This article takes a history of emotions approach to Scottish illegitimacy in the context of imperial sojourning in the early nineteenth century. Using the archives of a lower-gentry family from Northeast Scotland, it examines the ways in which emotional regimes of the East India Company and Aberdeenshire gentry intersected with the sexual and domestic lives of native Indian women, Scottish farm servant women, and young Scottish bachelors in India. Children of these relationships, White and mixed-race, were the focus of these emotional regimes. The article shows that emotional regimes connected to illegitimacy are a way of looking at the Scottish history of empire.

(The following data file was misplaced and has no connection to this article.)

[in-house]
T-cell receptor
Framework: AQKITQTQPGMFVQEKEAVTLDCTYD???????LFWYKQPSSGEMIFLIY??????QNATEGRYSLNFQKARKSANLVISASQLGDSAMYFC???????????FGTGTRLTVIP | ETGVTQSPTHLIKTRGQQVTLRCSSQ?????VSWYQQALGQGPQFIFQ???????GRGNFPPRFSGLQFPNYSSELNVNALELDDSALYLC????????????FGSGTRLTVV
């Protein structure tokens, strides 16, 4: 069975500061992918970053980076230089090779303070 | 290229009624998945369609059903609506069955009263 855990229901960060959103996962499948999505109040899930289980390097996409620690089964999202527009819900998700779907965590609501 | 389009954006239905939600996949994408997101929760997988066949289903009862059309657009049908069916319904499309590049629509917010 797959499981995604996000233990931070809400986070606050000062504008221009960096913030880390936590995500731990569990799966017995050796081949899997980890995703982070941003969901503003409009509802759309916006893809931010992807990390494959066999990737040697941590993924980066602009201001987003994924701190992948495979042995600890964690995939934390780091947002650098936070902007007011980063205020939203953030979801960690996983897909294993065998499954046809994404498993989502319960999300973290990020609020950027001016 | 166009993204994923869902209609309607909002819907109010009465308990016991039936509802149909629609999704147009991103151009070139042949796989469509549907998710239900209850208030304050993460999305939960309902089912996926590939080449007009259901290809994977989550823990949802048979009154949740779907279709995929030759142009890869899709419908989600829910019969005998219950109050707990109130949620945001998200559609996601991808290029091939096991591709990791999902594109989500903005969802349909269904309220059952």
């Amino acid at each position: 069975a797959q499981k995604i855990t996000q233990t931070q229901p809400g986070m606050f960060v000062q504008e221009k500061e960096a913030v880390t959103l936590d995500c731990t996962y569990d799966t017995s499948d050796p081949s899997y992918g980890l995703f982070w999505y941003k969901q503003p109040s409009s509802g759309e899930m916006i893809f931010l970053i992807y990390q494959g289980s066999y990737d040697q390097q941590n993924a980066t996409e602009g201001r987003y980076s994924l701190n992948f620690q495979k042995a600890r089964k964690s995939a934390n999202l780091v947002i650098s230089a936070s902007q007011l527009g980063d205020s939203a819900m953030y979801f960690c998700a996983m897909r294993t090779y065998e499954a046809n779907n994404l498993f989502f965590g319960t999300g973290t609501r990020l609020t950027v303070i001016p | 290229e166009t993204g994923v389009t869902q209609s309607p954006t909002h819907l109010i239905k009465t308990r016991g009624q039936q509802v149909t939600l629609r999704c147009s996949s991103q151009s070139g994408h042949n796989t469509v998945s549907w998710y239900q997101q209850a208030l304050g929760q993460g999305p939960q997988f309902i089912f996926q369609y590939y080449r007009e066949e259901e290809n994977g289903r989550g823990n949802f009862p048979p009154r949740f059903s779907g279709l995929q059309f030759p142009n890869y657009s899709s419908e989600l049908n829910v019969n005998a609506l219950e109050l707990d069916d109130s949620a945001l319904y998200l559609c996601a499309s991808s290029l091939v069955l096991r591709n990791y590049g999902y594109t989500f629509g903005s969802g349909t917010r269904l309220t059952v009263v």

Eloise Greyreceived her PhD at the University of Aberdeen in 2020 with a thesis titled “Emotions, Family and Empire: The Ogilvie-Forbes of Boyndlie Papers, 1740–1840.” Her work considers the interactions of families, sojourning Scots, and colonial others. She considers how emotions work to sustain normative frameworks of race, class, and gender within imperial worlds and how imperial encounters constitute metropolitan emotions. Email:DrEGrey@eloisegrey.com